The memories keep coming, slipping by the triggers that otherwise keep me in the moment. They come when my guard is down, when things are done and I’m relaxing into the night – sitting watching the TV, or as I lay in bed reading.
Last night two disparate memories returned, one from when I was a child, and the other when I was a grown man travelling the world.
From the time I was a baby until I was about 12-13 my grandparents on either side would mind me, and later my sister, through school holidays and other random occasions. When I was a baby, my mum would leave me with her mother – Nanny, as I would call her – while she went to work. I have no memory of that, though a strong bond developed between me and Nanny. Years later, mum would often tell the story of how I would cry having to leave nanny when mum collected me every night.
We were always close, right up to the day she prematurely died. I was about 16 then, and though I’d held it together through her illness and even at the news of her death, I bawled at the sight of her lying in her coffin at her funeral. It wasn’t her, I thought. It looked like someone different, someone hollowed out without even memory of life in her features. I made a vow on that day that I would never choose to look upon the dead features of a loved one again. It broke me at the time though, until I was wracked with sobs I couldn’t control. I loved her so much, and she, me – I was her favourite, she would tell me, don’t tell anyone.
I recall now how mum disapproved of my tears, though I don’t understand why. Did she think it innapropriate? There was a man there, the husband of one of mum’s best friends. He was always pleasant, very handsome – a runner who’d competed at Stawell – but he’d always had a veneer of the superficial. On that day, though – and I’ve never forgotten – he came up to comfort me. I don’t remember what he said, but he allowed me my grief, and for that I was grateful. From that day forward, I had a soft spot for him, and great respect for those who seek to comfort others in moments of sadness. I’ve tried to be that man, myself.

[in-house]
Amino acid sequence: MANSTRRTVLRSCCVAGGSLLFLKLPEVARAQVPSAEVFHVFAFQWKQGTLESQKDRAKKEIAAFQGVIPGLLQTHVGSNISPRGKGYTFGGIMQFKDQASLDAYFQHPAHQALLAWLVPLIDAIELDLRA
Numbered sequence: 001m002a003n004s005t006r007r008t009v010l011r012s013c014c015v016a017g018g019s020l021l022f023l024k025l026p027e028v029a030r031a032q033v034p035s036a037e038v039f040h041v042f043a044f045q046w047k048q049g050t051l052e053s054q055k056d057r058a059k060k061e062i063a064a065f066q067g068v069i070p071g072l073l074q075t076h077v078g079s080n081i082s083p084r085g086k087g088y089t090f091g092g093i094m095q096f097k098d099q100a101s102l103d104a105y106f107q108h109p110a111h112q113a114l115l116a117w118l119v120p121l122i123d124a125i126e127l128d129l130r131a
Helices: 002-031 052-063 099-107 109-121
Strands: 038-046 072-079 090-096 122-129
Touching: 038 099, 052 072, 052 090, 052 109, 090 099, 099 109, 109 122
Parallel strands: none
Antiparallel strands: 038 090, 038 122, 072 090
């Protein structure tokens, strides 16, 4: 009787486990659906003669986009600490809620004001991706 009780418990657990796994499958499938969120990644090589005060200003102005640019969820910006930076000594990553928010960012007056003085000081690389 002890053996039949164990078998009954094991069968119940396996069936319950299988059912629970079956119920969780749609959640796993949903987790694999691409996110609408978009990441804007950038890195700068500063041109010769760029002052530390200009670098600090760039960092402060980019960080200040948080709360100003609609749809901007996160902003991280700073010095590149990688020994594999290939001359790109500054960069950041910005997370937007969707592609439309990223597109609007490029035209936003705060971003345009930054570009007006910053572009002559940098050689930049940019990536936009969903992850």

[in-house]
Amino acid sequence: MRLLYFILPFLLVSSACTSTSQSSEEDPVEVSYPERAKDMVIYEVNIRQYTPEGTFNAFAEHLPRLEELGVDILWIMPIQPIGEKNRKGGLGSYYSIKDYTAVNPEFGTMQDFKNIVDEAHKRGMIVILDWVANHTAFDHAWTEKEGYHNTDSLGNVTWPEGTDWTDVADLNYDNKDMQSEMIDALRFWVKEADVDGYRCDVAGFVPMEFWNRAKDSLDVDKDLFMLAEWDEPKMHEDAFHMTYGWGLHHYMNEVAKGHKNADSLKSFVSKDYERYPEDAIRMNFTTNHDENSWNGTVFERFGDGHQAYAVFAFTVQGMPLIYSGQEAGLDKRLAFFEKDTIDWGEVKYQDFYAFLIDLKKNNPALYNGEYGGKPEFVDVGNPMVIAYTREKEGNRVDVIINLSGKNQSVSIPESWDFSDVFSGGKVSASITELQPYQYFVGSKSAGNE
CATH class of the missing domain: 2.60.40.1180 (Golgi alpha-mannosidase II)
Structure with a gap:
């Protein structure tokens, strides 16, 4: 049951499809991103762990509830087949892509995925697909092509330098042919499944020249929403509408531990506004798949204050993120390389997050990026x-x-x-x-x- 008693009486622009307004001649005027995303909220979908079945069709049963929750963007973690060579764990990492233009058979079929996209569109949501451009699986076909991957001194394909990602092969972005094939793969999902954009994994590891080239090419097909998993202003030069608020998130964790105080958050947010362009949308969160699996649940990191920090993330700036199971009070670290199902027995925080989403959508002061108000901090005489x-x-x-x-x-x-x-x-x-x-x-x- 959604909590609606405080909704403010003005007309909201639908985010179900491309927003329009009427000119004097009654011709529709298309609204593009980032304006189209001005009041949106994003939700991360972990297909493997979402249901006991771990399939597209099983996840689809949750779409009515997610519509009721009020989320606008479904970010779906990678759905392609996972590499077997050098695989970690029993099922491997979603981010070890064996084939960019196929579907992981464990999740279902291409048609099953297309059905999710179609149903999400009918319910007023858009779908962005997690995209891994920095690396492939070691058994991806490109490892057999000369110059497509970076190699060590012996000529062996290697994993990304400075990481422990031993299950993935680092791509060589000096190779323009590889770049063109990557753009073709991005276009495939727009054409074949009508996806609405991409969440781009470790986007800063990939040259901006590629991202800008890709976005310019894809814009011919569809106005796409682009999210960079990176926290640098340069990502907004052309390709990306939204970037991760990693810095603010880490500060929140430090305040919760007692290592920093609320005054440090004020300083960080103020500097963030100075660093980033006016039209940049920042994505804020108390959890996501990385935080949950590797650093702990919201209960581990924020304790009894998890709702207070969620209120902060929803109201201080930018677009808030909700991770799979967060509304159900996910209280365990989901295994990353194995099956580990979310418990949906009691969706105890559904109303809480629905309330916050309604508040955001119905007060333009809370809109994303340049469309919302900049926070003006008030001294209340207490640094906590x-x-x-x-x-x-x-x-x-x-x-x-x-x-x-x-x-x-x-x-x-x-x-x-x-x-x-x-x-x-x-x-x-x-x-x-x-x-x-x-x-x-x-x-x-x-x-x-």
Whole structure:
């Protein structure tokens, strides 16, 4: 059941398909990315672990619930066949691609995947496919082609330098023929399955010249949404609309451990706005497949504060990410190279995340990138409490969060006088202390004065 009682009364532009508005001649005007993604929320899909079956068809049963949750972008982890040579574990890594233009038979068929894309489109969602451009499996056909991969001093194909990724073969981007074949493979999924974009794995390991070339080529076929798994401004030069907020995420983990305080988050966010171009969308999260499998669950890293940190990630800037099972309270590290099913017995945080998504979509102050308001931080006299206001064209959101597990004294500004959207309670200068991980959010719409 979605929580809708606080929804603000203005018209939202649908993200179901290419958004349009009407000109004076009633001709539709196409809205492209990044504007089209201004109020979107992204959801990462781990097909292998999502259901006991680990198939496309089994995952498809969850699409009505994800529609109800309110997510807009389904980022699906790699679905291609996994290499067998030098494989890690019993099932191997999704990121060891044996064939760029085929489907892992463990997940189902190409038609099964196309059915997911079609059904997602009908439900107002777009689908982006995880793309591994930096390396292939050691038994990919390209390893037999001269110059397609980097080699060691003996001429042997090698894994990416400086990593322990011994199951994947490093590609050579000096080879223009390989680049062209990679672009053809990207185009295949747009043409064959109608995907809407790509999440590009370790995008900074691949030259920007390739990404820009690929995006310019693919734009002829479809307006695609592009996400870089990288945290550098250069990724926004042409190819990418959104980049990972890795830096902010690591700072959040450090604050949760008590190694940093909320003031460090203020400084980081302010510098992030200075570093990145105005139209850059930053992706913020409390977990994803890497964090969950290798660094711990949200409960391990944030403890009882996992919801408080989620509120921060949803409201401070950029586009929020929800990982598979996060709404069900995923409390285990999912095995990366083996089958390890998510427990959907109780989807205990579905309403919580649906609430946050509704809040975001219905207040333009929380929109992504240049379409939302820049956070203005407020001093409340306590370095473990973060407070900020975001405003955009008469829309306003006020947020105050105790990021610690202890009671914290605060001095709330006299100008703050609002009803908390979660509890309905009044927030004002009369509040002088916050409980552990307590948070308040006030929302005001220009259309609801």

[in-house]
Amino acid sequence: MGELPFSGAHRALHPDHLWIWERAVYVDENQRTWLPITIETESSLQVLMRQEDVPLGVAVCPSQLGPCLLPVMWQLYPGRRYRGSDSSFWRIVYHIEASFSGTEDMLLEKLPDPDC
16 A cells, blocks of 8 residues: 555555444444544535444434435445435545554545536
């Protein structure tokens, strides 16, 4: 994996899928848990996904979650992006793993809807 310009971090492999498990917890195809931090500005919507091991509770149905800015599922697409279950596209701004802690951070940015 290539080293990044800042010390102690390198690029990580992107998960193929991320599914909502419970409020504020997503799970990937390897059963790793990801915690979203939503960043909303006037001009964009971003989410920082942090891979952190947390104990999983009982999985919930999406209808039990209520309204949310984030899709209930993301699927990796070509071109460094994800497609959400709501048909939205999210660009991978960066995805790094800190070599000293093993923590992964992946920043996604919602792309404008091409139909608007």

That was not the memory, though it’s not unusual that one memory triggers others.
The memory was well before that when Nanny and Gramps lived in Reservoir in a small house built in the rear yard of her sister’s home, Auntie Elsie and Uncle Bill. I used to love going over there. Nanny would make pancakes and chips. Gramps would tell me about the war (he was a sapper and fought in New Guinea and Borneo), and we’d share his Parade magazines. On the wall – very seventies – was a print of a galleon under full sail, blue-tinted and dramatic. And Nanny was always great fun to be around.
What I remembered is banal in a way – but sometimes it’s the banal that is most affecting because it is the most commonplace. Nanny used to listen to a program on the radio called the Gong Show. It was a talent quiz and performers would be rated by how many gongs they got. I remember so well how she would avidly listen to this in the mornings before the day had properly started (and in the night, too?). I recall there seemed few talented performers, and it was depressing all round – and not only because I could sense the small hopes of mediocre wannabes being crushed. The whole thing felt deathly to me in some way – this was the radio of another time it felt, a sepia-ed past that seemed small in my childish mind. And it felt like old people’s radio, for people who’s life was nearly past, and I didn’t want to think that.
That memory came to me last night watching the cricket. An hour or so later, in bed, there came to me the distinct memory of an evening spent in Hanoi. This must have been 2006. I was there for business, and would fly onto Bangkok and Delhi. The night before the Hanoi office had taken me out for dinner to some lively restaurant where the food was great, and on the way back I clung to the back of a moped taking me to my hotel.
This memory is the night after and left to my own devices. I wander into the heart of Hanoi, which is situated around a lake. It was lively again, and bright, and I wandered up streets and down laneways. I was looking for somewhere to eat and couldn’t settle on anything. It feels like I wandered for hours – and it was quite some time – but now I can’t recall where I ended up eating. I remember people about and the mopeds scooting by and scooters and lanterns and great trees and the light reflecting off the lake seen in glimpses. It was balmy and I remember the chatter of the locals as they went about their nightly routines. On the way back to the hotel, I stopped at a store and bought a silk tie – mauve, and something for mum. And that was it, a night in a foreign city, the tall, white guy wandering around and no-one sparing him a second look.
Why am I remembering these things? Memories come and go. They return randomly. This feels different, somehow. As if I’m allowed to remember, as if it is a reminder wrapped up in the gift of memory: you did this, this is yours, savour it. But then there’s a twist: you were there, but you’ll never get back there again.
The memory of Hanoi triggered another, a snapshot really, years later in Shanghai, and I’m in a bar on the 60th floor or something of one of the dazzling skyscrapers there overlooking the Bund. It’s a great view, and with me are two Shanghai women having a drink with me.